Each filter block is equipped with five conductivity measurements from Hach Lange installed directly in the pipe using weld-on supports. To achieve the best possible accuracy, two-pole contacting electrodes were selected. For the lower conductivities (permeate), a sensor made of stainless steel with a cell constant K=0,1. The sensor for the higher measured values (raw water and concentrate) is made of graphite and has a cell constant of K=1,0. Temperature compensation is performed automatically by the integrated temperature sensor Pt100.
Measuring the conductivity allows the state of the raw water to be monitored. A typical measured value would be 840 ìS/cm. The measurement in the permeate outflow following the first filter stage is used to monitor the filtering performance of the first membrane. The conductivity measurement is used to detect a break in the membrane following which the measured value increases tenfold or more. A sampling point allows the defective pressure pipe to be identified.
The concentrate from the first filter is cleaned again in the second stage and monitored by a conductivity measurement in the permeate outflow. Finally, the two permeates are mixed and re-measured. The concentrate from the second filter stage flows back into the Rhine. The display of an SC1000 controller allows all five measured conductivity values of a filter block to be displayed simultaneously.
Measuring technology with intelligence
An ideal conveyor pressure for the filter membrane has a significant effect on the control of the process. If the pressure is too low, the filter performance is reduced, if it is too high, energy consumption is increased unnecessarily. To achieve high measurement accuracy, relative pressure transmitters of the type Sitrans P300 are used, these are outstanding for their extremely low characteristic curve deviation (≤0,075 %) and low long-term drift of (≤0,25 % in five years.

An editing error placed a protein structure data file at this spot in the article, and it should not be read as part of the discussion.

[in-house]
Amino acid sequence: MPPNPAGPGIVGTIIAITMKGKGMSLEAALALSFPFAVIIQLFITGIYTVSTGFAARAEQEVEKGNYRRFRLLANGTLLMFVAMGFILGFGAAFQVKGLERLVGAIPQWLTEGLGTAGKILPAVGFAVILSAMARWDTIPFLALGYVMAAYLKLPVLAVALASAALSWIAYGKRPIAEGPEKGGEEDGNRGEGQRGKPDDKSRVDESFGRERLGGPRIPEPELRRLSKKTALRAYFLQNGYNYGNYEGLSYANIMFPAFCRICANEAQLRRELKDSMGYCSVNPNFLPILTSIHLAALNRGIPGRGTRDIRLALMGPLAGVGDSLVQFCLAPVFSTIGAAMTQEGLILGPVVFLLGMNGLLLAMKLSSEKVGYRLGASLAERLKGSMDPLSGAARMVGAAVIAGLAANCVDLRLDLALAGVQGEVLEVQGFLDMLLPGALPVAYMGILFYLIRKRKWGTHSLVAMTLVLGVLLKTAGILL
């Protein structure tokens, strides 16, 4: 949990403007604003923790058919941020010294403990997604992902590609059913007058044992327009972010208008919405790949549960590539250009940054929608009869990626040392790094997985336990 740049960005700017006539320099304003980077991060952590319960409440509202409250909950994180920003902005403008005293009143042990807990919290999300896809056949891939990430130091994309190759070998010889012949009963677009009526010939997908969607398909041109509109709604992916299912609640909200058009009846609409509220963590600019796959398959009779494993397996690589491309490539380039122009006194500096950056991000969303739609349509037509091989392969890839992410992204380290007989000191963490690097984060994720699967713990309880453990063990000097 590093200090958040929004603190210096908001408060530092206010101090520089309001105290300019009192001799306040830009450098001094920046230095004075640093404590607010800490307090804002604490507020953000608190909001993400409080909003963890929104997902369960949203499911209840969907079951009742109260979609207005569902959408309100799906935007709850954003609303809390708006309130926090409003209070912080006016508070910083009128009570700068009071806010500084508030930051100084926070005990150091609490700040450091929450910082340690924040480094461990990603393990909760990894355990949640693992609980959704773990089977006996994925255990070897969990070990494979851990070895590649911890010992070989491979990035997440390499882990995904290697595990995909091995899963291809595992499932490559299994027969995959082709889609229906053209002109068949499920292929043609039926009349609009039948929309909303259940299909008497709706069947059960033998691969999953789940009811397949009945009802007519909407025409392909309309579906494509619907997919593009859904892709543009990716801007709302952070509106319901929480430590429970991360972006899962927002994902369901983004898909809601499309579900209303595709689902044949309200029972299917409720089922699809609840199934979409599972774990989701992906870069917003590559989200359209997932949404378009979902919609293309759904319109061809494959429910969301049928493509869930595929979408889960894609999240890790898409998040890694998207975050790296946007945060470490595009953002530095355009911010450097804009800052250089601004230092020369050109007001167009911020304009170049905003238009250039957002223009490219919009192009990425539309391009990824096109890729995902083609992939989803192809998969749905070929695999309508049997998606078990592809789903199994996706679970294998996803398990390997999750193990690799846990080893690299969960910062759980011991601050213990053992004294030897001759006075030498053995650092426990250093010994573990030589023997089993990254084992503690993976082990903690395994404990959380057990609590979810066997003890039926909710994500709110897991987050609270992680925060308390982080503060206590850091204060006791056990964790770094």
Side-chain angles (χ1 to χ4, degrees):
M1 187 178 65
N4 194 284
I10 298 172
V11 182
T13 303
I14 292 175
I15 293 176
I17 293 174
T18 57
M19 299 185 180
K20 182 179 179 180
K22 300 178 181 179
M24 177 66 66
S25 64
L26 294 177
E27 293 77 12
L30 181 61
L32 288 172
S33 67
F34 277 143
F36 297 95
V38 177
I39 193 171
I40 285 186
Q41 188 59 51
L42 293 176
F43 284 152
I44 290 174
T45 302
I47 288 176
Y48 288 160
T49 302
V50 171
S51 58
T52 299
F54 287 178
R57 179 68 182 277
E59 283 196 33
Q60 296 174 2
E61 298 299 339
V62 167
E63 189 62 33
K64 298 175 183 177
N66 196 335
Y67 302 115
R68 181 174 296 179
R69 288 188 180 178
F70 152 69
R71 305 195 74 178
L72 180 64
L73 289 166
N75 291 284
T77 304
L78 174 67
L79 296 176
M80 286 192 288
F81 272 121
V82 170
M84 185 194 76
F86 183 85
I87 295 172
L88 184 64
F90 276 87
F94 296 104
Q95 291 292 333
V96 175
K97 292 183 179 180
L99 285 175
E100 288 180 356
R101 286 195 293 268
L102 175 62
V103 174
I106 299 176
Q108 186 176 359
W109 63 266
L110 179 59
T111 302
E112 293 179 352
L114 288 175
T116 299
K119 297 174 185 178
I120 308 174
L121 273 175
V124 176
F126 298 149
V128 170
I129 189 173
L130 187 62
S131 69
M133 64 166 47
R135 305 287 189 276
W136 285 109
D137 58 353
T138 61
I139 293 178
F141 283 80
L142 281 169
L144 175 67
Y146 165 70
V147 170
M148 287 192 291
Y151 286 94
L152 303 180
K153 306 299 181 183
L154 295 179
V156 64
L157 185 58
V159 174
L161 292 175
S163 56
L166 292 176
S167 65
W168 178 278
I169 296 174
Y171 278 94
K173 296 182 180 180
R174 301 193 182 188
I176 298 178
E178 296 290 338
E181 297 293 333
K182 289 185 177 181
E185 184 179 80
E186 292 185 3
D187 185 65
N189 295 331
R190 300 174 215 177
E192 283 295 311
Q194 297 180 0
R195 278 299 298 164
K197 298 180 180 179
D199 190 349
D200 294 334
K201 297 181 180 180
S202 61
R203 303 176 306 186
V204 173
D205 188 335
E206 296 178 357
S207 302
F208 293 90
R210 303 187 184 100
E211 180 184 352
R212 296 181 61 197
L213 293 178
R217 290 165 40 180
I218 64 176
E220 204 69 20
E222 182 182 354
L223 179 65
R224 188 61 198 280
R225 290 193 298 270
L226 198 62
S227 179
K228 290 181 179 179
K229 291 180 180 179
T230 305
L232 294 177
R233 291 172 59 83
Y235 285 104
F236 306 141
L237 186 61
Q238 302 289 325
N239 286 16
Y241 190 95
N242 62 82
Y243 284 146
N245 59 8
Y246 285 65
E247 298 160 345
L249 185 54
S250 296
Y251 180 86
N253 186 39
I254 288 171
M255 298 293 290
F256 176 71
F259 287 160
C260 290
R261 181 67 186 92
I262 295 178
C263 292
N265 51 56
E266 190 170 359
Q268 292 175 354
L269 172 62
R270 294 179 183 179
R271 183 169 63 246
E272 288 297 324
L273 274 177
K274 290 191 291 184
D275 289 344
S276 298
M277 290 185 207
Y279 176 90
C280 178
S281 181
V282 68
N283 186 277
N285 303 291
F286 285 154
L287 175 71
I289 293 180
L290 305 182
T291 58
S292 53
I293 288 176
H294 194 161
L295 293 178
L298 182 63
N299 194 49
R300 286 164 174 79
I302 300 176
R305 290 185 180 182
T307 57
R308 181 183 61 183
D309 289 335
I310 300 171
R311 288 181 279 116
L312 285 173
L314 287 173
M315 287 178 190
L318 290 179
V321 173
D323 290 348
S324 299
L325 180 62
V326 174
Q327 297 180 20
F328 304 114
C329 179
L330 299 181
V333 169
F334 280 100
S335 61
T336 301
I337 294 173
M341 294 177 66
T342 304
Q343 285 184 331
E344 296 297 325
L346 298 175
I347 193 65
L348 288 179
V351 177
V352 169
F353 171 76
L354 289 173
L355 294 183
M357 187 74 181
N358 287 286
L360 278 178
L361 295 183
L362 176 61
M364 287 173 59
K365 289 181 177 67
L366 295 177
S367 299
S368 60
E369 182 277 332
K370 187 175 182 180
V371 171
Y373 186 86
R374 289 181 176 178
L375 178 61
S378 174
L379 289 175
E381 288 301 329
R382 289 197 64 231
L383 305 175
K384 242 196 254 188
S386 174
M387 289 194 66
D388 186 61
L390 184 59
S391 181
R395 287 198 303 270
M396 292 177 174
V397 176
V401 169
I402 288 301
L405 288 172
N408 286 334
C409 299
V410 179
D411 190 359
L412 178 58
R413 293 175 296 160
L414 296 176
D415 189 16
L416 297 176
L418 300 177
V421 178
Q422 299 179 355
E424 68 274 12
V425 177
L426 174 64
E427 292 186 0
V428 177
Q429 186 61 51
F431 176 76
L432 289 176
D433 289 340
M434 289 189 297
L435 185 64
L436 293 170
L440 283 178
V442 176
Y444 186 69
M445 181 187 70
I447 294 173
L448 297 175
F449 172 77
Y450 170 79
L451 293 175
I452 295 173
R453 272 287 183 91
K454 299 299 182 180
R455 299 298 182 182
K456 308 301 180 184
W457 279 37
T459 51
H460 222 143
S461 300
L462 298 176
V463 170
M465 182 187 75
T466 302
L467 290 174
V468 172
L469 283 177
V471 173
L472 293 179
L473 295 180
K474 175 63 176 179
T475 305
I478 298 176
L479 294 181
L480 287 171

Two Sitrans P300 transmitters monitor the conveyor pressure in the inflow of stage 1 and 2 of each filter block. If there is a membrane break, there is a jump not only in the conductivity but also in the pressure after the filters. For this reason, additional pressure measurements are installed in the permeate outflow and the collected concentrate outflow. The measuring transmitter has comprehensive diagnostics functions that inform the control system of any problems.
An additional aim of the monitoring is to detect blockage of the membranes by measuring the difference in pressure between the individual stages.
If it becomes necessary to clean the membranes, the cleaning pump injects cleaning chemicals to circulate in the filter blocks. The deposits flushed out of the membrane filters are removed from the cleaning solution via an intermediate filter. The monitoring of this ‘police filter’ is also handled by the Sitrans P300. The pressure measuring transmitter also monitors the pneumatic pressure required for controlling the pneumatic armatures.
The fill levels in the raw water, permeate and concentrate containers, and in the pump shafts, are measured by the hydrostatic pressure transmitters of the type Sitrans P MPS. This simple-to-use pressure transmitter consists of a piezo resistance sensor flush mounted on the front with a housing and measuring membranes of stainless steel.
Successful overall completion
In the nanofiltration plant in the Voerde-Löhnen water works, tried and tested measurement techniques such as pressure measurements from Siemens and conductivity measurements from Hach Lange ensure reliable plant operation.
Up to now, the customer is completely satisfied with the operation of the plant. The use of modern control technology opens up numerous new possibilities: when the water works are unmanned (for example during the night), disruptions are signalled and standby personnel informed, employees can then connect to the plant and operate and monitor it remotely using a standby client.
For more information contact Keshin Govender, Siemens Southern Africa, +27 (0)11 652 2412, email@example.com, www.siemens.co.za